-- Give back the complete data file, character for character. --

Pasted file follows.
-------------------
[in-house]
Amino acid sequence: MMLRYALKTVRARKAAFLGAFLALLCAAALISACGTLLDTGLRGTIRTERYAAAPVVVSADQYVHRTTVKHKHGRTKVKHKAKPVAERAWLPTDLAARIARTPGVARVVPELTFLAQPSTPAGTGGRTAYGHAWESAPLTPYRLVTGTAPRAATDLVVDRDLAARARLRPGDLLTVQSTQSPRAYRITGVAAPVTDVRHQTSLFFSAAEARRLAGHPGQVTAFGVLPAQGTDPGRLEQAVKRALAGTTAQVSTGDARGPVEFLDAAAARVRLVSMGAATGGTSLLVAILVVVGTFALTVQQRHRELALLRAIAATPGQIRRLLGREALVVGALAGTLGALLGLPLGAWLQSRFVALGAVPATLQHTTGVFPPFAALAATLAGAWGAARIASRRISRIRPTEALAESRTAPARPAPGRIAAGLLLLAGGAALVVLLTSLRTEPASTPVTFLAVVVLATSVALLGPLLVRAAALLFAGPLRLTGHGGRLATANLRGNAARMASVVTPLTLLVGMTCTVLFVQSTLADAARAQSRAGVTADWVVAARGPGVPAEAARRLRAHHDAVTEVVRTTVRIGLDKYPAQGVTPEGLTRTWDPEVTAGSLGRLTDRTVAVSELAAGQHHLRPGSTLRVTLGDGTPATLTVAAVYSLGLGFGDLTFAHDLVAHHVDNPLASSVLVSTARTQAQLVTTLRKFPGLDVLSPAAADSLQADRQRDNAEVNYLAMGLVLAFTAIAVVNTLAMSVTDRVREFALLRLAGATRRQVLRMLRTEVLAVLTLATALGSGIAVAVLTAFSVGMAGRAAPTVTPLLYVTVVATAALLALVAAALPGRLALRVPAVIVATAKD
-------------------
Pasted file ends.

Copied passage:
[in-house]
Amino acid sequence: MMLRYALKTVRARKAAFLGAFLALLCAAALISACGTLLDTGLRGTIRTERYAAAPVVVSADQYVHRTTVKHKHGRTKVKHKAKPVAERAWLPTDLAARIARTPGVARVVPELTFLAQPSTPAGTGGRTAYGHAWESAPLTPYRLVTGTAPRAATDLVVDRDLAARARLRPGDLLTVQSTQSPRAYRITGVAAPVTDVRHQTSLFFSAAEARRLAGHPGQVTAFGVLPAQGTDPGRLEQAVKRALAGTTAQVSTGDARGPVEFLDAAAARVRLVSMGAATGGTSLLVAILVVVGTFALTVQQRHRELALLRAIAATPGQIRRLLGREALVVGALAGTLGALLGLPLGAWLQSRFVALGAVPATLQHTTGVFPPFAALAATLAGAWGAARIASRRISRIRPTEALAESRTAPARPAPGRIAAGLLLLAGGAALVVLLTSLRTEPASTPVTFLAVVVLATSVALLGPLLVRAAALLFAGPLRLTGHGGRLATANLRGNAARMASVVTPLTLLVGMTCTVLFVQSTLADAARAQSRAGVTADWVVAARGPGVPAEAARRLRAHHDAVTEVVRTTVRIGLDKYPAQGVTPEGLTRTWDPEVTAGSLGRLTDRTVAVSELAAGQHHLRPGSTLRVTLGDGTPATLTVAAVYSLGLGFGDLTFAHDLVAHHVDNPLASSVLVSTARTQAQLVTTLRKFPGLDVLSPAAADSLQADRQRDNAEVNYLAMGLVLAFTAIAVVNTLAMSVTDRVREFALLRLAGATRRQVLRMLRTEVLAVLTLATALGSGIAVAVLTAFSVGMAGRAAPTVTPLLYVTVVATAALLALVAAALPGRLALRVPAVIVATAKD